3. Increased transparency, including with respect to interconnection. 
  4. No paid prioritization. “No service should be stuck in a 'slow lane' because it does not pay a fee.”

Wisely, the statement explicitly notes the need for forbearance. As we have said for months, reclassification must be combined with a commitment to forbear from imposing aspects of Title II that were originally drafted for 20th century telephone services and that don't make sense for the Internet. While forbearance doesn’t set the limits on the regulatory agency in stone, it does require the FCC to make a public commitment that is difficult to reverse. 

This is an important moment in the fight for the open Internet. President Obama has chosen to stand with the us: the users, the innovators, the creators who depend on an open internet. But the fight isn't over yet: we still need to persuade the FCC to join him. Stay tuned for ways you can help.


Corynne McSherry

Corynne McSherry is Intellectual Property Director at EFF, specializing in intellectual property and free speech issues.

... We've had enough. The 1% own and operate the corporate media. They are doing everything they can to defend the status quo, squash dissent and protect the wealthy and the powerful. The Common Dreams media model is different. We cover the news that matters to the 99%. Our mission? To inform. To inspire. To ignite change for the common good. How? Nonprofit. Independent. Reader-supported. Free to read. Free to republish. Free to share. With no advertising. No paywalls. No selling of your data. Thousands of small donations fund our newsroom and allow us to continue publishing. Can you chip in? We can't do it without you. Thank you.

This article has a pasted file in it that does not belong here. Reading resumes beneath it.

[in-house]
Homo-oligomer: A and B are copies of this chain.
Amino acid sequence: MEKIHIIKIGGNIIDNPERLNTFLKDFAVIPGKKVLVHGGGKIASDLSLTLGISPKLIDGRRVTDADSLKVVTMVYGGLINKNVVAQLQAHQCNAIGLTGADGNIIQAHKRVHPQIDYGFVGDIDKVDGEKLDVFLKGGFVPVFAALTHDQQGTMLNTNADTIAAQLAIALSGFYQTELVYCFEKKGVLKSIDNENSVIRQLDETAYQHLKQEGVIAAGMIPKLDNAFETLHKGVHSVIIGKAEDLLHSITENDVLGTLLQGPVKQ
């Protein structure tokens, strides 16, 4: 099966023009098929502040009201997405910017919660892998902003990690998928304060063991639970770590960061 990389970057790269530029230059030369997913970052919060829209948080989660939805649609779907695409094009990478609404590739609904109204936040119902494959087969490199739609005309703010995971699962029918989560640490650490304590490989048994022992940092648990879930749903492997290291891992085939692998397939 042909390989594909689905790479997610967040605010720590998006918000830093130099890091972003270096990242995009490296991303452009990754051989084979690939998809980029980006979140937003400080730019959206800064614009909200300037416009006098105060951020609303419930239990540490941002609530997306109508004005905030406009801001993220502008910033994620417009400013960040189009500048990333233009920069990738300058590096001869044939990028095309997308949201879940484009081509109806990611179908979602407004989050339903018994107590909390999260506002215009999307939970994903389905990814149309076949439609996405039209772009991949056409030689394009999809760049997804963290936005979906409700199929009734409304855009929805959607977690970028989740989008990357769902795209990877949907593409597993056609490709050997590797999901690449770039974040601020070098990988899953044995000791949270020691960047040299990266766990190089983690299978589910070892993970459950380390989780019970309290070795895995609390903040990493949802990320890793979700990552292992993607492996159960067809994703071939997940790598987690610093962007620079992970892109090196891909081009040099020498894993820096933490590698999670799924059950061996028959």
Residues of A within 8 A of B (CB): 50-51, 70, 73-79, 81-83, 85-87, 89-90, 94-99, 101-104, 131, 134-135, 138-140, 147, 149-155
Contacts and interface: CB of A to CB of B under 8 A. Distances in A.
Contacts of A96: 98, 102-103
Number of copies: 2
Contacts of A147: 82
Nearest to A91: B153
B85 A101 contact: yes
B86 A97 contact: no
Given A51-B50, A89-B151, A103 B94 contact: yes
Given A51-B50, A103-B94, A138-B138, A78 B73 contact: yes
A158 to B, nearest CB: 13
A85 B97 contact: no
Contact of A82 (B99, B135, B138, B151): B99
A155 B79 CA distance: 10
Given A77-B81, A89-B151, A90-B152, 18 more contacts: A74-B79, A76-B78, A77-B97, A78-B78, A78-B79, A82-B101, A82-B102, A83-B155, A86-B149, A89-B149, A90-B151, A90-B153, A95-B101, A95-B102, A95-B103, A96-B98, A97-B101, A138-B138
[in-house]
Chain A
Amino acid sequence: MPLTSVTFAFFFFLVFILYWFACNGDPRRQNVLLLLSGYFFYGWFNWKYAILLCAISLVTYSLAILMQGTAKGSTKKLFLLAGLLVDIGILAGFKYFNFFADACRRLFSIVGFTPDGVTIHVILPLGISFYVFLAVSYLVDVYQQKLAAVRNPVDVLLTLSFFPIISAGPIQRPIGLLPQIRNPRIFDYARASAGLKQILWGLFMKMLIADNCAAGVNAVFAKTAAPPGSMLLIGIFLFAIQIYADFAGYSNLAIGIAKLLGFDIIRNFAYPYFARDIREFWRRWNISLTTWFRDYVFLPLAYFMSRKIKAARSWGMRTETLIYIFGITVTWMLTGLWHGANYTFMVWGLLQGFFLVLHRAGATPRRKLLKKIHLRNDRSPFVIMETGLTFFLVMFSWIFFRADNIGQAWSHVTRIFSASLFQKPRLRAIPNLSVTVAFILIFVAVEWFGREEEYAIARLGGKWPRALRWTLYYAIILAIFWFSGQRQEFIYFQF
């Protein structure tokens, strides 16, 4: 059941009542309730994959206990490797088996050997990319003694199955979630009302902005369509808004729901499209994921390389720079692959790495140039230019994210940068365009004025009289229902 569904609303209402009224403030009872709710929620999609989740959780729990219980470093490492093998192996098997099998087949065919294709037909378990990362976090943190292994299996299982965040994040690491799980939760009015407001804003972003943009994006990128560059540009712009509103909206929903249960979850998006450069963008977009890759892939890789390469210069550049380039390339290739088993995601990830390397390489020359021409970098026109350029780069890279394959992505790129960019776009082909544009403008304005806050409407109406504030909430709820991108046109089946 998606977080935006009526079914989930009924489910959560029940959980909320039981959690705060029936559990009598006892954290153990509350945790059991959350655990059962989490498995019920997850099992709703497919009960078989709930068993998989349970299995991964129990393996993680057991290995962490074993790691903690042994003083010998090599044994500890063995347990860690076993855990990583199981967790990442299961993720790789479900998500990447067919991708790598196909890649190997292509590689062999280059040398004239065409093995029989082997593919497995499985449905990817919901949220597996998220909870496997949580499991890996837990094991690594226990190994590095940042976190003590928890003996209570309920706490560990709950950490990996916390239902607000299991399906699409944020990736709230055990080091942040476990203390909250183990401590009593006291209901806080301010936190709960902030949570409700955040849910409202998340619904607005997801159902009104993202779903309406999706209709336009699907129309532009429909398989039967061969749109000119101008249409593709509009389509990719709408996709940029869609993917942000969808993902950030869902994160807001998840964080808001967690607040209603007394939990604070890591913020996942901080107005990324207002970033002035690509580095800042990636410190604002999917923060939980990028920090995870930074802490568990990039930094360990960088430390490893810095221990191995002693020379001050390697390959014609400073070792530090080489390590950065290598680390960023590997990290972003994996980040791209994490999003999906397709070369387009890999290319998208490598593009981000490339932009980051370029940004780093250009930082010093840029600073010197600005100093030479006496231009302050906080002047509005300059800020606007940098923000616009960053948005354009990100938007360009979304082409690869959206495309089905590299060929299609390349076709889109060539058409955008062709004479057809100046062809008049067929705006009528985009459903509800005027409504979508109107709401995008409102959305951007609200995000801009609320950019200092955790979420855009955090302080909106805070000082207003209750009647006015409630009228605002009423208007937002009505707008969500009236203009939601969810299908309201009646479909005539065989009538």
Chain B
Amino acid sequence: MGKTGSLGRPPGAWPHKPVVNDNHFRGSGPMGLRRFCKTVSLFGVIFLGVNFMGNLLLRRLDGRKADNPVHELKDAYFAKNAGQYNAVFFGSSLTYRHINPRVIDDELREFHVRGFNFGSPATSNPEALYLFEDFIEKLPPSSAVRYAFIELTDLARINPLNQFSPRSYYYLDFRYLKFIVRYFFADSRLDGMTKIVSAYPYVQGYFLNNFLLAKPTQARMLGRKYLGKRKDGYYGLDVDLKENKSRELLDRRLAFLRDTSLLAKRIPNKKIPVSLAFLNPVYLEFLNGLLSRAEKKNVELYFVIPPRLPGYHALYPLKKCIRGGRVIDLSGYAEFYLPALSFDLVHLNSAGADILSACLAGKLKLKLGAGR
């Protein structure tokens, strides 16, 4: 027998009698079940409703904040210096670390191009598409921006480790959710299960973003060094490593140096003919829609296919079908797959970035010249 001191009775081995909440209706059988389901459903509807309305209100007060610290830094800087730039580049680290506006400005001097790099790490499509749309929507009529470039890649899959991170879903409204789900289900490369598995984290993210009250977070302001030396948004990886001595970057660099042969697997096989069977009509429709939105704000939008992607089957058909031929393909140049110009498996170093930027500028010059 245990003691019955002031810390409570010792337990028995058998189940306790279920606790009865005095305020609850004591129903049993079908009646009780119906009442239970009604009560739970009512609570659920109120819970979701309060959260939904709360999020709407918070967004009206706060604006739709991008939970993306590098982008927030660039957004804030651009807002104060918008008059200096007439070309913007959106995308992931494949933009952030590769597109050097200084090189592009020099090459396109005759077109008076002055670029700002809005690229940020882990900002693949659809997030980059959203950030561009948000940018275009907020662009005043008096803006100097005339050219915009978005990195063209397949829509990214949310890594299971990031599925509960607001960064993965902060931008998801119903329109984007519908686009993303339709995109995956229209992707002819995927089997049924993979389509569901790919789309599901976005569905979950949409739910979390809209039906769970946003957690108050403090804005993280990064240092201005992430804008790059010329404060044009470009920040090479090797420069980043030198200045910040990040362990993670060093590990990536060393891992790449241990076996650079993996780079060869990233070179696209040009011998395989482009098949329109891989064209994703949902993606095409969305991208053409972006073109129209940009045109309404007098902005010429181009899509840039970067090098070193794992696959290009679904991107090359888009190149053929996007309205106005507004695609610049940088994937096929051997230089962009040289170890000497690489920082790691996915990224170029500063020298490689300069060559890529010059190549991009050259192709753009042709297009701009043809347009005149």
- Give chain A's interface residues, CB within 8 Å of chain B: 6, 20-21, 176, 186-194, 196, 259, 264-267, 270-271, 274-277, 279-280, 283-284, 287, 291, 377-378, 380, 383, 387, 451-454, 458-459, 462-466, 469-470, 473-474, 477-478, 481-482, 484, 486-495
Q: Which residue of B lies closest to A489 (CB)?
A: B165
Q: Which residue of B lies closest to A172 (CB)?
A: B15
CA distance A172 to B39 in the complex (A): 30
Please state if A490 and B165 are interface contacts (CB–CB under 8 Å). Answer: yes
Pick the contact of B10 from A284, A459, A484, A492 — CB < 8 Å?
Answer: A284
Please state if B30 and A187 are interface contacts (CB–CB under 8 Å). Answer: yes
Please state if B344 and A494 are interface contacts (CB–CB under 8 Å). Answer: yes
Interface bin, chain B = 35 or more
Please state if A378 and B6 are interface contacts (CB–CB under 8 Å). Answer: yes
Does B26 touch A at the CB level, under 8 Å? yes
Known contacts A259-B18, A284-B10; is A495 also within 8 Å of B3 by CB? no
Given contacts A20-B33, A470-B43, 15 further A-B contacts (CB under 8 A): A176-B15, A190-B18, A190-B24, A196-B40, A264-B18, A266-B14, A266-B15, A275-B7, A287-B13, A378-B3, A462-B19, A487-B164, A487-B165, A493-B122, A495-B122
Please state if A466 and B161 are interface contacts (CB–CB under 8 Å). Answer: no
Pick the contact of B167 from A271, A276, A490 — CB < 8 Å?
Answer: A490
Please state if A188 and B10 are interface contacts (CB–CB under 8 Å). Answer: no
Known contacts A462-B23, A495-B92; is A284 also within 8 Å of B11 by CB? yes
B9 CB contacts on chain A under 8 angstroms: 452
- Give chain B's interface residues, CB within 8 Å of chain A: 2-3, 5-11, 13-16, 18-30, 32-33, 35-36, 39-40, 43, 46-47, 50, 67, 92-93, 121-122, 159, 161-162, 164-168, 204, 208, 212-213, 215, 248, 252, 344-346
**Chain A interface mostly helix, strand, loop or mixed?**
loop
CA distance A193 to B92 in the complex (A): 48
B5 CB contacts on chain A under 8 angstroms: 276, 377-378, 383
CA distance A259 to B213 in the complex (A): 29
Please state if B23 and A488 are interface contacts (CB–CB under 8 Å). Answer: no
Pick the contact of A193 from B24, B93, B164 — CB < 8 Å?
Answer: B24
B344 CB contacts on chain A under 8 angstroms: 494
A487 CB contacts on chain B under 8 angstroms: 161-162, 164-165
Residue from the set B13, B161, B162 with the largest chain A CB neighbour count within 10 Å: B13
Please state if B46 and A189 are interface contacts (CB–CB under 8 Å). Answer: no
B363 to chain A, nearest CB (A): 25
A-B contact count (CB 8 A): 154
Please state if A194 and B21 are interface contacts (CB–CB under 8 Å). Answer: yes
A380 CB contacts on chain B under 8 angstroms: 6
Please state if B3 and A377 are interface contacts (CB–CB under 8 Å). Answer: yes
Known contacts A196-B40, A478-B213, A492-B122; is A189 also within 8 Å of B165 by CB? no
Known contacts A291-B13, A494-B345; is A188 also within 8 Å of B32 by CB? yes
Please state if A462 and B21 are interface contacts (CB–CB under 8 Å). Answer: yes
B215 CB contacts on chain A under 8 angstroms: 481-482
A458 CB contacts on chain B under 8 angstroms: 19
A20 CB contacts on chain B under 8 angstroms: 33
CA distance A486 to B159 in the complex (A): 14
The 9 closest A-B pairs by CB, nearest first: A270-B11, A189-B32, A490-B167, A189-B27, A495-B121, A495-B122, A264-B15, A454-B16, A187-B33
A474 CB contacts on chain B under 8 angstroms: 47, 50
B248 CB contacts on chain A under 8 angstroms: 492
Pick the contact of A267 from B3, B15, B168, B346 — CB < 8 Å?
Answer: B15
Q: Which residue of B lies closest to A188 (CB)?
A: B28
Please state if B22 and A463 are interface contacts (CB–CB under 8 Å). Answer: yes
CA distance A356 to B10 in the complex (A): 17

Congress 'Asleep at the Switch' as Biden Continues Trump-Era Ploy to Privatize Medicare

More than 1,500 physicians warn that the experiment threatens "the future of Medicare as we know it."

Jake Johnson ·


Number of Covid Boosters Given in US Exceeds Single Shots in 8 African Nations Combined

"Our leaders' failure to help bring the vaccines to everyone, everywhere will keep us on a cruel and never-ending cycle of illness, death, and economic suffering."

Jake Johnson ·


Omar Hangs Up After Boebert Uses Call to Double Down on 'Outright Bigotry and Hate'

"Instead of apologizing for her Islamophobic comments and fabricated lies, Rep. Boebert refused to publicly acknowledge her hurtful and dangerous comments."

Jessica Corbett ·


Win for Alabama Workers as NLRB Orders New Union Vote After Amazon's Alleged Misconduct

A union leader said the decision confirmed that "Amazon's intimidation and interference prevented workers from having a fair say in whether they wanted a union in their workplace."

Jessica Corbett ·


'For the Sake of Peace,' Anti-War Groups Demand Biden Return to Nuclear Deal With Iran

"It's time to put differences aside and return to the Iran nuclear deal," said one advocate.

Julia Conley ·

Support our work.

We are independent, non-profit, advertising-free and 100% reader supported.

Subscribe to our newsletter.

Quality journalism. Progressive values.
Direct to your inbox.

Subscribe to our Newsletter.


Common Dreams, Inc. Founded 1997. Registered 501(c3) Non-Profit | Privacy Policy
Common Dreams Logo